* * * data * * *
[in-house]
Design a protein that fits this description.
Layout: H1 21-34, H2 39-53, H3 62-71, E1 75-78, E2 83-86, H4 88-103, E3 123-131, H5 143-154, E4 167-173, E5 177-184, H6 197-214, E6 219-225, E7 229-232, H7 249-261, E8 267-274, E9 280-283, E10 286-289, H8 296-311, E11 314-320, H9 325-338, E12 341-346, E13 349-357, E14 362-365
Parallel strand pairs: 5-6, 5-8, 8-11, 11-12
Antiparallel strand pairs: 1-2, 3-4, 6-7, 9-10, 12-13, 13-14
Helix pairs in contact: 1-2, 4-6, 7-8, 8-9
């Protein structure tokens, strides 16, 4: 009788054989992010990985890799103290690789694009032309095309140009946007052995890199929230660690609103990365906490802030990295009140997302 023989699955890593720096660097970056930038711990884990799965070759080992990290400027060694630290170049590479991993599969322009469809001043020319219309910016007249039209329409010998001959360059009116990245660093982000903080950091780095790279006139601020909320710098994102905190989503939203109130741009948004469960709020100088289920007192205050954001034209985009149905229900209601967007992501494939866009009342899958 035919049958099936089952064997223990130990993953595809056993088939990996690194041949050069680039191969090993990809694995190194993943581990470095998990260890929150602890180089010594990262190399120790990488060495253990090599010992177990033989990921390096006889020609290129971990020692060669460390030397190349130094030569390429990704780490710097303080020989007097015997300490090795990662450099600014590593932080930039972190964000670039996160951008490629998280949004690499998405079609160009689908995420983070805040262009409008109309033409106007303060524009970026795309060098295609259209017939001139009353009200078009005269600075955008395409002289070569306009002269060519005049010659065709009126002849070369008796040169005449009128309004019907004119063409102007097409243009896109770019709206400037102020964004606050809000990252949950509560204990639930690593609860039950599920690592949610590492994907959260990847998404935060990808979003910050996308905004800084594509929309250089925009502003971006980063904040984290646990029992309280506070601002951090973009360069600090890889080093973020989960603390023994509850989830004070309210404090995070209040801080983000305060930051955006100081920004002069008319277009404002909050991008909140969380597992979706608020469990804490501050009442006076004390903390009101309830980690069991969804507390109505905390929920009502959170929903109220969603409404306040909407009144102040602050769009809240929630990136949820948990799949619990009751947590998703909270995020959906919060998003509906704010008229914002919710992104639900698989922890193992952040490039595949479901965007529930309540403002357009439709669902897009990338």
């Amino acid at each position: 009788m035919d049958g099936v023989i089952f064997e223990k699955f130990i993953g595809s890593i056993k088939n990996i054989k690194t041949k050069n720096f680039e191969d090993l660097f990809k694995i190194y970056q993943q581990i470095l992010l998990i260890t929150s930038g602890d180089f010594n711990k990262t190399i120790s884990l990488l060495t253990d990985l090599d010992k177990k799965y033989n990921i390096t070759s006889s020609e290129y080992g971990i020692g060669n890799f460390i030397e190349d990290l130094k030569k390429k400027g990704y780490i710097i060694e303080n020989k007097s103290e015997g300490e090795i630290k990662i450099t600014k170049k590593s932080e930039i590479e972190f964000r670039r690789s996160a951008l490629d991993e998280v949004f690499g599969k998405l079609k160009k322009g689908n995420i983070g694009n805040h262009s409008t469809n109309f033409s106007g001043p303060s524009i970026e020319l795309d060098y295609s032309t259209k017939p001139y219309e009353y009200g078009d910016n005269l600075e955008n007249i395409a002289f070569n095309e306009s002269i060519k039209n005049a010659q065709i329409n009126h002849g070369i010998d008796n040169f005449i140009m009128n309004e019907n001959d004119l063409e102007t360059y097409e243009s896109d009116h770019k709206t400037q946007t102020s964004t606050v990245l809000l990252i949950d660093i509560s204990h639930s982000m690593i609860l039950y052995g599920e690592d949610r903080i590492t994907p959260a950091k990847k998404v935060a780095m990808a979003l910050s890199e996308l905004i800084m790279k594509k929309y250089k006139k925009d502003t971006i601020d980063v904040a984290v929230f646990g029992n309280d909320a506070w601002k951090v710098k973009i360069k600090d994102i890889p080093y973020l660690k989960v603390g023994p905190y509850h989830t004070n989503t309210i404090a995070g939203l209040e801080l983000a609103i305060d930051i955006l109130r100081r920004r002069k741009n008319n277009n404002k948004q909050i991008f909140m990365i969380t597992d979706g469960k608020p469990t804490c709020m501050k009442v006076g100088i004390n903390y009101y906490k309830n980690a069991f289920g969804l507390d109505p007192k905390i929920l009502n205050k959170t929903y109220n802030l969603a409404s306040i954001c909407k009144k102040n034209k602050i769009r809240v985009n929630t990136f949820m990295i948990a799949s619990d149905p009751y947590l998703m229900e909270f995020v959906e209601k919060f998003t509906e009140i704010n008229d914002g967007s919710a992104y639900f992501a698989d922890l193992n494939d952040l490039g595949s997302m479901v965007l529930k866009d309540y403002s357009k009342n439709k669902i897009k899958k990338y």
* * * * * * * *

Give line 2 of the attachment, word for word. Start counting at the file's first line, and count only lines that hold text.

Design a protein that fits this description.